76ers 82, Celtics 75

Sixers push it to 7

Celtics can’t finish in Philadelphia

By Frank Dell’Apa
Globe Staff / May 24, 2012
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PHILADELPHIA - Celtics coach Doc Rivers is fond of calling the NBA a “make-miss league.’’ But the Celtics and 76ers turned it into a “miss-miss’’ playoff game Wednesday night, the Sixers heating up enough in the final quarter to take an 82-75 victory.

The Celtics shot 33.3 percent from the field, somehow staying in contention until the final minutes, in setting up Game 7 of the Eastern Conference semifinals at TD Garden on Saturday.

“We didn’t have it,’’ Rivers said. “They played with a lot of energy and a lot of energy from the building. I thought they outplayed us.’’

At least the Celtics were consistent, putting together four quarters of poor shooting, never shaking out of their slump. The Celtics went 6 for 19 in the first and third quarters, 7 for 22 in the second quarter, and 7 for 18 in the fourth quarter.

The Celtics failed to get their running game going and struggled in the half-court game. Even when the Celtics had wide-open looks, they misfired. As a team, the Celtics had 14 assists. Rajon Rondo, averaging 13.2 playoff assists before this game, had one of his least productive games, with six assists and four turnovers.

The Sixers did not fare much better offensively. And the Celtics still had hope of pulling this one out in the fourth quarter.

A Ray Allen 3-pointer out of a timeout cut the Celtics’ deficit to 78-72 with 1:41 remaining. The Celtic defense kicked in, but Sixers center Lavoy Allen tipped a rebound off Rondo, extending what became a 47-second possession, the Celtics getting a timeout with 48.8 left.

Ray Allen had a chance to pull the Celtics within 3, but missed a 3-point try. And Andre Iguodala, who missed his first four free throws shots of the game, clinched the win with two with 38.7 left. Paul Pierce converted a 3-pointer 5.8 seconds later, then Ray Allen fouled out and Jrue Holiday converted two foul shots. Pierce and Keyon Dooling missed last-chance 3-point attempts for the Celtics.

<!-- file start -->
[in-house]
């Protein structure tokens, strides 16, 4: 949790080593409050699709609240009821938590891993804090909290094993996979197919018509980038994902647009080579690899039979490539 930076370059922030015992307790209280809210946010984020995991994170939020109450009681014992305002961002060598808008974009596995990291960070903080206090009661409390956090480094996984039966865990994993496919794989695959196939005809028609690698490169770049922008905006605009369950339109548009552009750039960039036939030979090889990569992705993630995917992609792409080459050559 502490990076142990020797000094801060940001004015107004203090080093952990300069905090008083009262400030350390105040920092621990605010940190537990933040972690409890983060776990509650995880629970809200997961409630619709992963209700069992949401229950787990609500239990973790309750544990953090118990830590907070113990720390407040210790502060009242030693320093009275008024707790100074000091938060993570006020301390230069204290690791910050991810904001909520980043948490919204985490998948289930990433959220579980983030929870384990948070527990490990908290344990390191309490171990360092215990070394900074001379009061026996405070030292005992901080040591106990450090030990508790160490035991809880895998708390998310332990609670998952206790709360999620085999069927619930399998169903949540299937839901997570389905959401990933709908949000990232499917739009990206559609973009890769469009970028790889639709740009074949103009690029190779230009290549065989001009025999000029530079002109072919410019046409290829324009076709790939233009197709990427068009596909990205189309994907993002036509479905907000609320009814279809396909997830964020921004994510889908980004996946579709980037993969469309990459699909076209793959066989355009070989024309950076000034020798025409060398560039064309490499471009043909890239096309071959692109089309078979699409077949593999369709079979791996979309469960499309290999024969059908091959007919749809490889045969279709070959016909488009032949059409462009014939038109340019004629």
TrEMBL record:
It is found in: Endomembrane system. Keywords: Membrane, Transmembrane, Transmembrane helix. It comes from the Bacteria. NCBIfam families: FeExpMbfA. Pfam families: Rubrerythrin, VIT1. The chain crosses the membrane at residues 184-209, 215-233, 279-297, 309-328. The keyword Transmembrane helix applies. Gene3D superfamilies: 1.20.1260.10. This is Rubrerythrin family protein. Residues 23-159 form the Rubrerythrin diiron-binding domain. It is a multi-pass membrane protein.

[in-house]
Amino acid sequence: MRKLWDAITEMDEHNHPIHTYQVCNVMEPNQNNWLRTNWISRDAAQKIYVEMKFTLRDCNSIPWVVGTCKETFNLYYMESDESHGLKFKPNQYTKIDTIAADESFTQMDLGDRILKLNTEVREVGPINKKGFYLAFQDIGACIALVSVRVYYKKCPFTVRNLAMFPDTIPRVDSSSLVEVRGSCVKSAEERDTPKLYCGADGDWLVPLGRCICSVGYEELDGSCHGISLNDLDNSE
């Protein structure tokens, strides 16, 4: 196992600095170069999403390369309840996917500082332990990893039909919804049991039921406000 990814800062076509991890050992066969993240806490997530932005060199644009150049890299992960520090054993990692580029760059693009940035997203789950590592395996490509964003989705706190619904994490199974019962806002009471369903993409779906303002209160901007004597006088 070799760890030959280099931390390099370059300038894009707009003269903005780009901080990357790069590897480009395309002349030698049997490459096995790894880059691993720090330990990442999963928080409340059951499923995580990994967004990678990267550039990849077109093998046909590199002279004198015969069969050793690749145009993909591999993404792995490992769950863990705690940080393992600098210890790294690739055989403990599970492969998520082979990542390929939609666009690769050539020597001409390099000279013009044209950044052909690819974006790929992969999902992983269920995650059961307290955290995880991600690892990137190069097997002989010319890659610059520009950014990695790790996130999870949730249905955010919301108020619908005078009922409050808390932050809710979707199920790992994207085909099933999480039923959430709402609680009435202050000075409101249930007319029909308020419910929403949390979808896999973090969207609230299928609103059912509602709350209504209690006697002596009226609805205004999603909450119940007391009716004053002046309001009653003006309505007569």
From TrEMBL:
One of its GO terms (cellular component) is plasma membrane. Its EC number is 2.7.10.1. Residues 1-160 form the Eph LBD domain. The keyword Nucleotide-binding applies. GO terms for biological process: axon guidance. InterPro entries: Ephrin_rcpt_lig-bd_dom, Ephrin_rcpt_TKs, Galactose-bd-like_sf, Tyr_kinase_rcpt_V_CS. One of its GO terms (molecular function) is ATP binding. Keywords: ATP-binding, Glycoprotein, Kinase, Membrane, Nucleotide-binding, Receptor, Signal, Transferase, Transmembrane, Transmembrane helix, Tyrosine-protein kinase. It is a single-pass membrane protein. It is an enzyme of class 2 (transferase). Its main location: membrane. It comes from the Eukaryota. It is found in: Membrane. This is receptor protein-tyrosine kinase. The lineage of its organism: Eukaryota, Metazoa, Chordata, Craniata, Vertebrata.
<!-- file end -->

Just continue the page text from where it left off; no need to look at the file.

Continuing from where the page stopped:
“I thought we had a lot of empty possessions,’’ Rivers said. “We never established Kevin Garnett. Even though Kevin had points, it wasn’t the points we needed, the type of points.’’

The result might have been much worse for the Celtics, but for 20-of-23 free throw shooting and the play of Pierce (24 points, 10 rebounds) and Garnett (20 points, 11 rebounds).

The Celtics shot 26 for 78 from the field, and seemed powerless to capitalize when they found themselves open. Of their first 17 field goals, five were on follow shots, by Ray Allen, Brandon Bass, Mickael Pietrus, and Rondo, who had two. Off-target was an understatement for nearly every Celtic.

Ray Allen, struggling to recover from an ankle injury, was 4 for 11, his performance affected by added defensive responsibilities in the absence of Avery Bradley (shoulder). Bass, who carried the Celtics with a 27-point performance in Game 5, went 2 for 12, with no field goals after the 3:03 mark of the opening quarter.

“They did a couple of things,’’ Rivers said of the Sixers’ defense. “They didn’t trap as much. They waited for our guys to put the ball on the floor and then they went. I thought our spacing was horrendous, so even if they didn’t trap, they didn’t have to, because we were standing next to each other a lot. They allowed Ray to get loose and he just didn’t make shots.

“But I think that will be good for Ray going into the next game because I think he knows he’s going to get shots now.’’

The Celtics actually set the tone early as Pierce aggressively went to the hoop, his play paying off as Iguodala got in foul trouble. The Celtics used a 17-11 second quarter to take a 3-point halftime lead.

But the Celtics went the opening 5:27 of the second half without a field goal, falling behind, 46-41, before Rondo’s follow and Pierce’s 3-point play tied the score with 6:12 left in the third.

Garnett finally started finding the range, converting six jumpers in the final 13:48 of play.

But the Sixers upped the advantage to 11 points early in the final quarter.

Holiday drove following an Elton Brand offensive rebound, Evan Turner made a free throw after drawing a Garnett foul with 1.1 on the shot clock, and Lou Williams hit a pullup to make it 70-59 with 7:15 remaining.

Two Pierce free throws and a Garnett jumper cut the Celtics’ deficit to 7 points, the Sixers calling a timeout with 6:06 remaining.

In the final four-plus minutes, the Celtics went to a three-guard lineup, Marquis Daniels making his first appearance of the game. But Williams made it 72-63 out a timeout and Turner maintained the 9-point lead after a Garnett jumper, the Celtics calling a timeout after Pierce was trapped near the scorer’s table with 3:49 remaining. Rondo missed an 18-footer out of the timeout and Holiday scored in transition for 76-65 advantage with 3:15 left.

Frank Dell’Apa can be reached at

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